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  22. Debating Sociological Jurisprudence: A Reply.Roger Cotterrell - 2019 - Ratio Juris 32 (4):521-528.
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  23. How to Be a Transnational Jurist: Reflections on Cotterrell’s Sociological Jurisprudence.Sanne Taekema - 2019 - Ratio Juris 32 (4):509-520.
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  24. Thoughts on Sociological Jurisprudence: Juristic Thought and Social Inquiry(Roger Cotterrell).Mauro Zamboni - 2019 - Ratio Juris 32 (4):487-497.
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  25. Jurisprudential Methodology: Is Pure Interpretation Possible?Kevin Walton - 2013 - In Neutrality and Theory of Law. pp. 255-273.
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  26. Gerald Postema on ‘Genuinely Philosophical Jurisprudence’.Kevin Walton - 2017 - Jurisprudence 8 (3):604-608.
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  27. Vagueness and Law. Philosophical and Legal Perspectives.Geert Keil & Ralf Poscher - 2016 - In Geert Keil & Ralf Poscher (eds.), Vagueness and Law: Philosophical and Legal Perspectives. Oxford: Oxford University Press. pp. 1-20.
    Vague expressions are omnipresent in natural language. As such, their use in legal texts is virtually inevitable. If a law contains vague terms, the question whether it applies to a particular case often lacks a clear answer. One of the fundamental pillars of the rule of law is legal certainty. The determinacy of the law enables people to use it as a guide and places judges in the position to decide impartially. Vagueness poses a threat to these ideals. In borderline (...)
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  28. Vagueness and Law: Philosophical and Legal Perspectives.Geert Keil & Ralf Poscher (eds.) - 2016 - Oxford: Oxford University Press.
    Vague expressions are omnipresent in natural language. Their use in legal texts is inevitable. A law phrased in vague terms will often leave it indeterminate whether it applies to a particular case. This places the law at odds with legal values. One of the fundamental pillars of the rule of law is legal certainty. The determinacy of the law enables people to use it as a guide and allows judges make impartial decisions. Vagueness poses a threat to these ideals. In (...)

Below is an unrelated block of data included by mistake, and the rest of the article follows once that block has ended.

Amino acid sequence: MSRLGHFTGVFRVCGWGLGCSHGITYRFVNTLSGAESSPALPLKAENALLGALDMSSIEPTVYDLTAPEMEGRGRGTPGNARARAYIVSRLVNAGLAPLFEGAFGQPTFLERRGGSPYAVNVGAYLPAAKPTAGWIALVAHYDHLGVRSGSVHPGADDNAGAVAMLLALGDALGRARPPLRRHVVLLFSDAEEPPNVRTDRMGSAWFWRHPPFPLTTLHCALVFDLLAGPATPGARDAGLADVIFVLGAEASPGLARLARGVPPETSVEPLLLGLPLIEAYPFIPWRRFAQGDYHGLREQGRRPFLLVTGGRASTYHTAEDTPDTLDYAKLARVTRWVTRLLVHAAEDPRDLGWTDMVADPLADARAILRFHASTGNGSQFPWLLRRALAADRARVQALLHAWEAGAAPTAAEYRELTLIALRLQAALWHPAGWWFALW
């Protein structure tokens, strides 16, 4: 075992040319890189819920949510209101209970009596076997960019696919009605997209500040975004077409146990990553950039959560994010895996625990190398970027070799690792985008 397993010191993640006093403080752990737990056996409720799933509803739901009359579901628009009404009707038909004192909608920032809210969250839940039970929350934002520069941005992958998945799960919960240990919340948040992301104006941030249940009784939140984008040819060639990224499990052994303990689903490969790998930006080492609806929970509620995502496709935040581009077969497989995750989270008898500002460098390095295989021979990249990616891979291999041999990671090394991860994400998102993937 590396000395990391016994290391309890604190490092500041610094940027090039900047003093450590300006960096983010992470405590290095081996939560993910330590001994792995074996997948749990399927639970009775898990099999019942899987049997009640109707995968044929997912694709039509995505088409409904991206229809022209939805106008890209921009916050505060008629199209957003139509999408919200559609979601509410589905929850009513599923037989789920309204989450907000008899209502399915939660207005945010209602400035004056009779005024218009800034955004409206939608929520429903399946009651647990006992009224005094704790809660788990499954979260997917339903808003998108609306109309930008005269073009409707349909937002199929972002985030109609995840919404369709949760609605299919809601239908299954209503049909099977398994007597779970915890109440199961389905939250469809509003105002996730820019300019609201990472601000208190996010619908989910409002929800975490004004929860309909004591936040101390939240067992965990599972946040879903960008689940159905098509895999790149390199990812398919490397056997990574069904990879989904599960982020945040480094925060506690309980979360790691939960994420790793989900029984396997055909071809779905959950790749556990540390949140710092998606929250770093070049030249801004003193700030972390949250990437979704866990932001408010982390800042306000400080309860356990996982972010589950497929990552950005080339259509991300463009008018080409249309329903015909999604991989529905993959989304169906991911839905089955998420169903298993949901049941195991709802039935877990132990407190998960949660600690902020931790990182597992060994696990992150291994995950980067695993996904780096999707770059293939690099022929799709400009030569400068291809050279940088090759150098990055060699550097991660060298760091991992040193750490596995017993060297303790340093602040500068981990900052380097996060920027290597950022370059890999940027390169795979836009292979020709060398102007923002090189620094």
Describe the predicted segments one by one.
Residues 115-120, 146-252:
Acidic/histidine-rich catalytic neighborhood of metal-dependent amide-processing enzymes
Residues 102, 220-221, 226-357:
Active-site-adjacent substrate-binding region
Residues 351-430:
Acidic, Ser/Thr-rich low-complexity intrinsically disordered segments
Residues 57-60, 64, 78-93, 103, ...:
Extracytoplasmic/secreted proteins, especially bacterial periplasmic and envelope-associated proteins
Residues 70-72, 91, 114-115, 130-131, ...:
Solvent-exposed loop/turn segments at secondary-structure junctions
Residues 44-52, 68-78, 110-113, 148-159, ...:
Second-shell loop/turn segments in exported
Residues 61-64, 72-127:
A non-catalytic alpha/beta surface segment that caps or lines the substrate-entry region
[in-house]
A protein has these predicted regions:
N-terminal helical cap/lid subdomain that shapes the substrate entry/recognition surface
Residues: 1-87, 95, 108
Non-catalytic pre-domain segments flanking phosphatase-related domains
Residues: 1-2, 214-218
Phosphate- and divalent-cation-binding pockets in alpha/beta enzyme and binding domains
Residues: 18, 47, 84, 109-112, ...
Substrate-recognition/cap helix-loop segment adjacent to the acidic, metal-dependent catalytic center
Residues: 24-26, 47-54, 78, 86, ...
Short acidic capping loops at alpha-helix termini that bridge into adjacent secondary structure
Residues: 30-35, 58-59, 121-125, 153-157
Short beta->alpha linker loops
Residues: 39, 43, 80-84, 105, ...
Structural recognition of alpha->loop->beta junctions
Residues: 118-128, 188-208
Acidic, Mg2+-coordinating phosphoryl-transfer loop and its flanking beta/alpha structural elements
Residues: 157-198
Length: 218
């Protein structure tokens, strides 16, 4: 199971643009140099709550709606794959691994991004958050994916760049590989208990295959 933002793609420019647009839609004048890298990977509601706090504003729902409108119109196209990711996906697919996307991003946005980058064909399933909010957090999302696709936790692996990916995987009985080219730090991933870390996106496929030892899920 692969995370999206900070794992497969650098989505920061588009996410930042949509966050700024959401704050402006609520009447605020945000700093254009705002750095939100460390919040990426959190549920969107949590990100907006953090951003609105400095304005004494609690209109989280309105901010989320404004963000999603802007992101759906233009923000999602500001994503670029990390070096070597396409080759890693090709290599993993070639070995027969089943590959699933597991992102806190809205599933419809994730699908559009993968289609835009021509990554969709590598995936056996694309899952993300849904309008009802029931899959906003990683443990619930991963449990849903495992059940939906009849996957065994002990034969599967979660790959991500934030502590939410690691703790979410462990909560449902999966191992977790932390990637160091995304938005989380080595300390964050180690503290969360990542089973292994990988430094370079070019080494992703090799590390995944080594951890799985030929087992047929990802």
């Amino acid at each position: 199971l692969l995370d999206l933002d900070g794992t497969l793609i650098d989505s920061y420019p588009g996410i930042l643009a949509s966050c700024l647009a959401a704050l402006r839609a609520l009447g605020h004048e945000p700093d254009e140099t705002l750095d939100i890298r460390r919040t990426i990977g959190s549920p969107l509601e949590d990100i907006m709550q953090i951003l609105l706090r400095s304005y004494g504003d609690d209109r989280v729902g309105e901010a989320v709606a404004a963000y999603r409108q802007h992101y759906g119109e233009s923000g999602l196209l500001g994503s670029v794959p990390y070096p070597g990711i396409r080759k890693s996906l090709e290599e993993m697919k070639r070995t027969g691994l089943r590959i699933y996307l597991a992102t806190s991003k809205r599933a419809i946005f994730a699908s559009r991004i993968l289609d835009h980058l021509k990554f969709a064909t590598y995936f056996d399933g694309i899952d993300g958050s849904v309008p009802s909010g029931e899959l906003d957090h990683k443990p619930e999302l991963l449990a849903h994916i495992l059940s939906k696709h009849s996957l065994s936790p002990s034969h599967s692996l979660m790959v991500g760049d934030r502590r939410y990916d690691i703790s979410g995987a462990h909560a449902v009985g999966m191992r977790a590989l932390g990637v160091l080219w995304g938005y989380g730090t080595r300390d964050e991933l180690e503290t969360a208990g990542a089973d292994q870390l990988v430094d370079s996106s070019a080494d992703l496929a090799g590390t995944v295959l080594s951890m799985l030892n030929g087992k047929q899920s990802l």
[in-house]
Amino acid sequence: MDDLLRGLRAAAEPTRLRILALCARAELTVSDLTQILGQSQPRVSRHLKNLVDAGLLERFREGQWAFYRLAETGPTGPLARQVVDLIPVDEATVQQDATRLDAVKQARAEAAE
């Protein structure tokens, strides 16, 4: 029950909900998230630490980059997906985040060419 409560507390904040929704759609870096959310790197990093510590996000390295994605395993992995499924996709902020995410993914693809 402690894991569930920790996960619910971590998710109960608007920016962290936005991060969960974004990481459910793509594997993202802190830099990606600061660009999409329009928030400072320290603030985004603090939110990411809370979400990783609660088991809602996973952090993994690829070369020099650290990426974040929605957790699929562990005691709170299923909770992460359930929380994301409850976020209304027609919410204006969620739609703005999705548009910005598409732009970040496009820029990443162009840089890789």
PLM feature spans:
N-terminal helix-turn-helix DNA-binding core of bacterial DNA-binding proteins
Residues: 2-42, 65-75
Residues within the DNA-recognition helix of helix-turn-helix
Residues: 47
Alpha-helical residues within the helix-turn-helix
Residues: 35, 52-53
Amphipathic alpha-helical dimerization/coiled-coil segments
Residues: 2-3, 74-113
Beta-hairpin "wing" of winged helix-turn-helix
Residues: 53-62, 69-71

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  29. Why Originalism Needs Critical Theory: Democracy, Language, and Social Power.Annaleigh Curtis - 2015 - Harvard Journal of Law and Gender 38 (2):437-459.
    I argue here that the existence of hermeneutical injustice as a pervasive feature of our collective linguistic and conceptual resources undermines the originalist task at two levels: one procedural, one substantive. First, large portions of society were (and continue to be) systematically excluded from the process of meaning creation when the Constitution and its Amendments were adopted, so originalism relies on enforcement of a meaning that was generated through an undemocratic process. Second, the original meaning of some words in those (...)
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  30. Legal Philosophy and the Social Sciences: The Potential for Complementarity.Kevin Walton - 2015 - Jurisprudence 6 (2):231-251.
    In this paper, I argue that dialogue between legal philosophers and social scientists can be mutually beneficial. Nicola Lacey offers a vision of jurisprudence that supposes as much. I start by setting out my interpretation of her view. I then defend its potential, which she takes for granted, from the challenges posed by, first, an apparent friend—Brian Leiter—and, second, obvious adversaries—Joseph Raz and others. My response proposes an alternative to their conceptions of legal philosophy, one that is consistent with my (...)
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  31. 'Unable to Return' in the 1951 Refugee Convention: Stateless Refugees and Climate Change.Heather Alexander & Jonathan Simon - 2014 - Florida Journal of International Law 26 (3):531-574.
    Argues that it is not only a point of literal construction, but also inherent in the object and purpose of the 1951 Refugee Convention, that displaced stateless persons unable to return to their countries of former habitual residence may be eligible for refugee status even if unpersecuted. 'Unable to return' as it occurs in the clause following the semi-colon of 1(A)2 of the 1951 Refugee Convention must be understood as a term of art subject to appropriate canons of construction in (...)